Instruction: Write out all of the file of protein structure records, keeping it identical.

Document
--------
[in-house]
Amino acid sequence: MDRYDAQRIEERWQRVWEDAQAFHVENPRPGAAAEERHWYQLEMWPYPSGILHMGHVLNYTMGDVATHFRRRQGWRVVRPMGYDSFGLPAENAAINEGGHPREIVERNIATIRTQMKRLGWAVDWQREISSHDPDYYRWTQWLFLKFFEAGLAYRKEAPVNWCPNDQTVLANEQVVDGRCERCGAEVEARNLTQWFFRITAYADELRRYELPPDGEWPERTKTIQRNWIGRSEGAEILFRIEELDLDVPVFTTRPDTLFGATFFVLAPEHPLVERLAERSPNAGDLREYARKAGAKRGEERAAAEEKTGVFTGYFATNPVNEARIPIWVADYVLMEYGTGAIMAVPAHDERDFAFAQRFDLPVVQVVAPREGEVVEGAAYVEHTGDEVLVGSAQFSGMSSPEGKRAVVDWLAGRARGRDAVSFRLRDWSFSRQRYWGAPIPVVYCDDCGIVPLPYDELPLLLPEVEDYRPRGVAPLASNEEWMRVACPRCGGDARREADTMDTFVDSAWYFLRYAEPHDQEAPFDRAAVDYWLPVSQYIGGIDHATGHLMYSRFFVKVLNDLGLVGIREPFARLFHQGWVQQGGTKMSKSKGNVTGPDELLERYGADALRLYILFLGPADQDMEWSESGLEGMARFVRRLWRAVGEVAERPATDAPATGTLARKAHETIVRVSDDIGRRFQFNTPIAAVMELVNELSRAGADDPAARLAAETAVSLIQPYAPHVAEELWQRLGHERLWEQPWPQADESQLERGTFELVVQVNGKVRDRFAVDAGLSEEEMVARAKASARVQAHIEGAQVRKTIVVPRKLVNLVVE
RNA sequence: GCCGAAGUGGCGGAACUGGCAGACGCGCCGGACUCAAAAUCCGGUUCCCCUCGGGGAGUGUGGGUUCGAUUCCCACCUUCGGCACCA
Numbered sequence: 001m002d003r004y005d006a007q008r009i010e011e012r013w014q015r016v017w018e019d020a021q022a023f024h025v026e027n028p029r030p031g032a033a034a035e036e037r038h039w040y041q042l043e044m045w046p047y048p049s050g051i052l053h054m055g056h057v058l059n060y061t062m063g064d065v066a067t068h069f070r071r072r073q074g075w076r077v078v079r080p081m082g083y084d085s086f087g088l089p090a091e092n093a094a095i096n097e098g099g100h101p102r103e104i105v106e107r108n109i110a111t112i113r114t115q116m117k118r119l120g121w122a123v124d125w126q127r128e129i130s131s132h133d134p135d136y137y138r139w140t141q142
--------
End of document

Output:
[in-house]
Amino acid sequence: MDRYDAQRIEERWQRVWEDAQAFHVENPRPGAAAEERHWYQLEMWPYPSGILHMGHVLNYTMGDVATHFRRRQGWRVVRPMGYDSFGLPAENAAINEGGHPREIVERNIATIRTQMKRLGWAVDWQREISSHDPDYYRWTQWLFLKFFEAGLAYRKEAPVNWCPNDQTVLANEQVVDGRCERCGAEVEARNLTQWFFRITAYADELRRYELPPDGEWPERTKTIQRNWIGRSEGAEILFRIEELDLDVPVFTTRPDTLFGATFFVLAPEHPLVERLAERSPNAGDLREYARKAGAKRGEERAAAEEKTGVFTGYFATNPVNEARIPIWVADYVLMEYGTGAIMAVPAHDERDFAFAQRFDLPVVQVVAPREGEVVEGAAYVEHTGDEVLVGSAQFSGMSSPEGKRAVVDWLAGRARGRDAVSFRLRDWSFSRQRYWGAPIPVVYCDDCGIVPLPYDELPLLLPEVEDYRPRGVAPLASNEEWMRVACPRCGGDARREADTMDTFVDSAWYFLRYAEPHDQEAPFDRAAVDYWLPVSQYIGGIDHATGHLMYSRFFVKVLNDLGLVGIREPFARLFHQGWVQQGGTKMSKSKGNVTGPDELLERYGADALRLYILFLGPADQDMEWSESGLEGMARFVRRLWRAVGEVAERPATDAPATGTLARKAHETIVRVSDDIGRRFQFNTPIAAVMELVNELSRAGADDPAARLAAETAVSLIQPYAPHVAEELWQRLGHERLWEQPWPQADESQLERGTFELVVQVNGKVRDRFAVDAGLSEEEMVARAKASARVQAHIEGAQVRKTIVVPRKLVNLVVE
RNA sequence: GCCGAAGUGGCGGAACUGGCAGACGCGCCGGACUCAAAAUCCGGUUCCCCUCGGGGAGUGUGGGUUCGAUUCCCACCUUCGGCACCA
Numbered sequence: 001m002d003r004y005d006a007q008r009i010e011e012r013w014q015r016v017w018e019d020a021q022a023f024h025v026e027n028p029r030p031g032a033a034a035e036e037r038h039w040y041q042l043e044m045w046p047y048p049s050g051i052l053h054m055g056h057v058l059n060y061t062m063g064d065v066a067t068h069f070r071r072r073q074g075w076r077v078v079r080p081m082g083y084d085s086f087g088l089p090a091e092n093a094a095i096n097e098g099g100h101p102r103e104i105v106e107r108n109i110a111t112i113r114t115q116m117k118r119l120g121w122a123v124d125w126q127r128e129i130s131s132h133d134p135d136y137y138r139w140t141q142